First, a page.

The McLains have been traced back to Scotland to Clan Maclaine (if you look back at old Scottish clans, the various spellings of the name, including McLean, are derived from the same family.) Clan Maclaine was from the Isle of Mull, where their ancestral home, Moy Castle, is located. According to history, the two sons of Iain Dubh (or Black John) were each granted independent charters to lands on the Isle of Mull from John, 1st Lord of the Isles (MacDonald), thus forming the two dominant lines of the family; Maclaine of Lochbuie and McLean of Duart. Eachann Reaganach, or Hector the Stern, was granted lands at Lochbuie and married MacDonald's eldest daughter Margaret in 1356. There were fueds among the two branches of the family, but they banded together to fight outside forces. Lands were lost to England in the 1920s and much of the family was coerced into moving to Ireland, which became a gateway for those coming to America.
The American branch of the family has been traced back to Alexander McLain (born about 1758 in North Carolina.) We are still researching to find the "immigrant," the one person who brought the family from Scotland to America. Alexander's son, Reverend Thomas McLain (1771-1855) is the one who moved the family to Tennessee, where many of them still live today. Thomas' great-great grandson was Jacob Claude "PawPaw" McLain (1905-1988), who was the one who brought the family to North Carolina (among other places, Claude was a wanderer!) The majority of our branch still calls North Carolina or South Carolina home.
According to rumours, Jacob Claude "PawPaw" McLain's grandmother was part or full-blooded American indian. His great-grandmother's name was Appy Cela, which could have some Native American history to it, although there has been no proof and this rumour could have started as conjecture.
So far, the Luster's first appear in Maryland in the early 1800s when they quickly moved to eastern Tennesse (Stokely David Luster who died around 1835.) Again, there are quite a few Lusters left in Tennessee which we are surely related to.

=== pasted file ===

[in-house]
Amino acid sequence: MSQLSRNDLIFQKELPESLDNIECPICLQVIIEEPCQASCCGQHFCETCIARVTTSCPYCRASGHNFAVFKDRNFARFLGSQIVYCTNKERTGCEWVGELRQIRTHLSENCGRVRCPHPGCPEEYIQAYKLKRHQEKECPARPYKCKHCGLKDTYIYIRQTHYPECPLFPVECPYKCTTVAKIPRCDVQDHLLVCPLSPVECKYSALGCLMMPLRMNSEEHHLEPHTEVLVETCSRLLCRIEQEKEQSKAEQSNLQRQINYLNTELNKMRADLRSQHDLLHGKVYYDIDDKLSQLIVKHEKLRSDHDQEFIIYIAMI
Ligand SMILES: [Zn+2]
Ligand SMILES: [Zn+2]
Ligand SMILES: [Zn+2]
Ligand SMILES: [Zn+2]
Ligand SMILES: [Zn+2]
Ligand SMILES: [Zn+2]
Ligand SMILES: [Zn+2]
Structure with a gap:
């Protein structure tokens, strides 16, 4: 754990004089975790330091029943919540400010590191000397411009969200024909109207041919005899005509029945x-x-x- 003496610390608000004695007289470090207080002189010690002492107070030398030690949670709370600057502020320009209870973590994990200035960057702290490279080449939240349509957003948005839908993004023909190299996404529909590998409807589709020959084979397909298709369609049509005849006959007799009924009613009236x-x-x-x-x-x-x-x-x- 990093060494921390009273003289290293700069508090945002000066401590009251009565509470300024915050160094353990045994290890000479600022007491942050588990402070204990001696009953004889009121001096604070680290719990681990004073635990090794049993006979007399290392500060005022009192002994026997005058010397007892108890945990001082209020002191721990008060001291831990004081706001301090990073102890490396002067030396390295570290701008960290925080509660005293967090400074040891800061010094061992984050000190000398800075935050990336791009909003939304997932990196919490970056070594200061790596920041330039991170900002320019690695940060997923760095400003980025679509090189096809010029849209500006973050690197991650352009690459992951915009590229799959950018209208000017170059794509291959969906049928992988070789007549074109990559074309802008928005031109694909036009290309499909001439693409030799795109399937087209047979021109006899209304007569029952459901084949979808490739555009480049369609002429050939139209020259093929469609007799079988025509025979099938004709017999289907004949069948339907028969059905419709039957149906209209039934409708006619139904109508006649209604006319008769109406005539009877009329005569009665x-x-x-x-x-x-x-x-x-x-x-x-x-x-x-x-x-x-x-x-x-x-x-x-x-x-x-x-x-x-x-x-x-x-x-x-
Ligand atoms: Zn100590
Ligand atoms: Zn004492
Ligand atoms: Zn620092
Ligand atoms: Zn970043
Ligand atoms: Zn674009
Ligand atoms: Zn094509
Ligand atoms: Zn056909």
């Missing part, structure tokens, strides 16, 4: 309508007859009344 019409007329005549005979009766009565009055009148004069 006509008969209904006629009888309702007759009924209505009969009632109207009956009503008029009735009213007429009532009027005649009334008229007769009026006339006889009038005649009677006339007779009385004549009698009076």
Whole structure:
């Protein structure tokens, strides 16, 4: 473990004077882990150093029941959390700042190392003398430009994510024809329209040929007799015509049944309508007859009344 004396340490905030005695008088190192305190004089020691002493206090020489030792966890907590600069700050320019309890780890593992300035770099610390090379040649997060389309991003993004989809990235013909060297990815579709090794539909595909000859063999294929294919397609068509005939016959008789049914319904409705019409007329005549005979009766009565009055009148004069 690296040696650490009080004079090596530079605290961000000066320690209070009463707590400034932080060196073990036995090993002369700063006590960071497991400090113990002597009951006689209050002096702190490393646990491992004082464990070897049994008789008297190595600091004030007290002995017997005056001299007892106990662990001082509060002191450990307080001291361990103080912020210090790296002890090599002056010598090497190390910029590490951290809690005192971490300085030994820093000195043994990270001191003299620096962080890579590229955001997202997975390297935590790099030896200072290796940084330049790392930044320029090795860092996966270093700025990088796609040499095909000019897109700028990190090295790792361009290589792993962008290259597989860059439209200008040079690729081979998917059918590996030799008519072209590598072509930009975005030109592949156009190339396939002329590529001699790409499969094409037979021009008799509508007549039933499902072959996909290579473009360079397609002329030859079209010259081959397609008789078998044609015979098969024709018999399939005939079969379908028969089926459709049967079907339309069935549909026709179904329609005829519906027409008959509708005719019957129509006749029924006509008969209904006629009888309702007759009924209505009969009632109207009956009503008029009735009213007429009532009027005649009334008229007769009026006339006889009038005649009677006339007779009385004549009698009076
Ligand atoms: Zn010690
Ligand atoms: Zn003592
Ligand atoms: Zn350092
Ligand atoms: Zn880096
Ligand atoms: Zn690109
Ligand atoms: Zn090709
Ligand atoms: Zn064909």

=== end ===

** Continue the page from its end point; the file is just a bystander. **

The Crooks were early settlers in Virginia around the time of the Revolution. We have traced the line back to Michael Crook (born in 1761 in Franklin Virginia.) He was a shoemaker. Two of Michael's grandsons were twins Pacific Ocean Crook and Atlantic Ocean Crook, who both fought in the Civil War. Pacific died at age 19 in 1862. Another of Michael's grandsons was Sciota Crook (Nanny's grandfather.) Sciota married Sina Ibby Carter, bringing the name Sina into the family. Sciota's son James H. Crook married Mary Elizabeth Williams in 1895, but was killed in 1907 in Terre Haute, Indiana. He was robbed for his paycheck and left where he fell, which was on a train track. Lizzie remarried in 1909.
This branch of the family has been traced back to William Carter, who was born in England in 1549. His grandson, Capt. Thomas Carter was born in Kempston, England and owned an estate called Barford. He immigrated to Lancaster County, Virginia where he built a new estate with the same name. He married Katherine Dale in 1670. Capt. Carter's grandson Peter moved to Fauquier County, Virginia, and his son Norris is the one who moved the family to Scott County in western Virginia.
Katherine Dale's mother was Lady Diana Skipwith, daughter of Sir Henry Skipwith 1st of Prestwould, Leicestershire County, England. The SKIPWITH branch has been traced back to Sir William Skipwith, who died in 1391. William's son Sir John Skipwith was High Sheriff of Ormsby, England. Sir John's son, Sir Thomas Skipwith, married the daughter of Baron William Willoughby de Eresby, who was 5th in descent from King Henry VI. Sir Thomas Skipwith's great-grandson was also named Sir William Skipwith, who was High Sheriff of Lincolnshire England in 1527. This Sir William married the daughter of Sir Lionel Dymoke, who was 8th in descent from Kind Edward I.
Lady Diana Skipwith was also the sister of Grey Skipwith, who was the great-grandfather of Sir Peyton Skipwith 7th, who founded the Prestwould Plantation in Skipwith, Virginia (the town I went to high school in, by the way!) For more information on Prestwould, read a feature article I wrote on the plantation in college or visit my Virginia History website's pages dedicated to Prestwould.
The WILLIAMS branch of the family has been traced to James "Big Jim" Williams, who was born in 1793.